Some Things Never Change
On this last day of the year, it is natural to reflect on how I’ve seen Paris and France change since I arrived more than nine years ago. Yesterday’s newsletter outlining the ten objectives of the new initiatives set forth by the Prime Minister are a perfect example of how attitudes toward business, immigration and the idea of a global presence have done a 180-degree turn.
When I arrived, the “Minitel” was France’s precursor to the Internet. It was an ugly little box with a gray screen, ASCII-style characters and cost a fortune to use by the minute, but provided an information network for all of France — a brilliant forerunner to the Net. Because of it (and because the only French who knew to type were trained secretaries), the French were slow to embrace the age of cyberspace and computers in general. But, in typical French fashion, once the concept caught on, especially with the young, it spread like wildfire. Today, they are as technically advanced and perhaps more so than any of their European counterparts.
Fast food was just taking hold about that time. McDonald’s was already here, but the French were still complaining about it ruining the landscape. Now they’re lining up for the Big Mac on every corner in every town. And just this year (sadly), Starbucks has hit the French pavements. Even a classic sandwich was not an easy commodity to find nine years ago, but now, almost every bakery stockpiles them for luncheoners, the sandwich chains sell them curbside and you actually see people eating them as they walk down the sidewalk like we Americans have come to eat in our cars on route to our next appointments.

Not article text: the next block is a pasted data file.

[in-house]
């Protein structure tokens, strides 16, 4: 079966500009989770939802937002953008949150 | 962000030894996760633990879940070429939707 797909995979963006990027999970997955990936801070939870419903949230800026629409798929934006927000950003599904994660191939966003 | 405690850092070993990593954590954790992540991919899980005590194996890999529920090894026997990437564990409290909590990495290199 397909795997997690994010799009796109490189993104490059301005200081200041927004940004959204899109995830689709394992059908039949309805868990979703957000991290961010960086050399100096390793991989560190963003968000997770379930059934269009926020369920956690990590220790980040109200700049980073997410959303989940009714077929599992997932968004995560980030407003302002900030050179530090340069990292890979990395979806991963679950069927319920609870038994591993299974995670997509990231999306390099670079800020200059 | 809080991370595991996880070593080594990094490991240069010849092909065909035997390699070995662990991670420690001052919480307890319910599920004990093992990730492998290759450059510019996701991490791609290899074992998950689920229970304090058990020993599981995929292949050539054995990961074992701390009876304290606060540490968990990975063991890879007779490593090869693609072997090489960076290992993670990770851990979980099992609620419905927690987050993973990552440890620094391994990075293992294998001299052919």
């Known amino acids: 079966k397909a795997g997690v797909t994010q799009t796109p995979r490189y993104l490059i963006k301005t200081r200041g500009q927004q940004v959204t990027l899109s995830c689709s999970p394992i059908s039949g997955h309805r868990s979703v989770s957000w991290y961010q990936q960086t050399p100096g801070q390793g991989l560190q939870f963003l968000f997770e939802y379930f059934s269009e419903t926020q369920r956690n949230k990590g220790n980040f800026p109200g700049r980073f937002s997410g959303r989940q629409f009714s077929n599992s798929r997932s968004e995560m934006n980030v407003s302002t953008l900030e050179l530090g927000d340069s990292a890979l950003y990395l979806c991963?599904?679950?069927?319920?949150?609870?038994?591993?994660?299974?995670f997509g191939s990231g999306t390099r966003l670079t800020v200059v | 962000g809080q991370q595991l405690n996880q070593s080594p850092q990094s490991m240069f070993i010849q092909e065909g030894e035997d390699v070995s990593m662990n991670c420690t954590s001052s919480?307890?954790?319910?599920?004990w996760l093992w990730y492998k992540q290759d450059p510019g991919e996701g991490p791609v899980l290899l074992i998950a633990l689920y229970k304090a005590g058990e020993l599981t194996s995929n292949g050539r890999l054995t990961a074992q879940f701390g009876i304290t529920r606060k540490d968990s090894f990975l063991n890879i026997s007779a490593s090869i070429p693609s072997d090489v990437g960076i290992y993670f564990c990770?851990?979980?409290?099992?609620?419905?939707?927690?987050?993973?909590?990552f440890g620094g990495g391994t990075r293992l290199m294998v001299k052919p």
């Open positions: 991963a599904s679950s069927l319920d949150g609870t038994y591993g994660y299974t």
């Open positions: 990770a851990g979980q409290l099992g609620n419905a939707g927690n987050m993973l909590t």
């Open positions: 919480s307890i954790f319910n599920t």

The French who spoke English were either the better educated, the better traveled or worked in the tourist industry. Now, almost everyone speaks English, at least at a passable level, and more importantly, isn’t afraid to use it, perfectly spoken or not. One of the things I realized not long after living here, is that we (Americans) assumed the French were too arrogant to speak English…but it wasn’t that at all…it’s just that they didn’t feel comfortable speaking it without making mistakes not having practiced it much. And once you understand this culture, you can understand how important perfection is. Now, they are quite proud of their ability to be so international.
Then, some things never change, or have a harder time making the transition. For example, try as they might with special cleaning crews and ad campaigns, there’s still plenty of doog poop to step in. The queues to get your visas at the Préfecture de Police are still a mile long (maybe longer). The independent merchants still shut down tight in August and customer service is not yet as accommodating as we’re used to Stateside where the customer is king.
But you know what? Isn’t that why we’re here? For all the things that haven’t changed?
Happy New Year! A la prochaine année…
Editor, Parler Paris
E-mail: [email protected]
P.S. We’re taking a day off January 1st from Parler Paris, but all you subscribers to French Property Insider will have your January 1 issue waiting for you.
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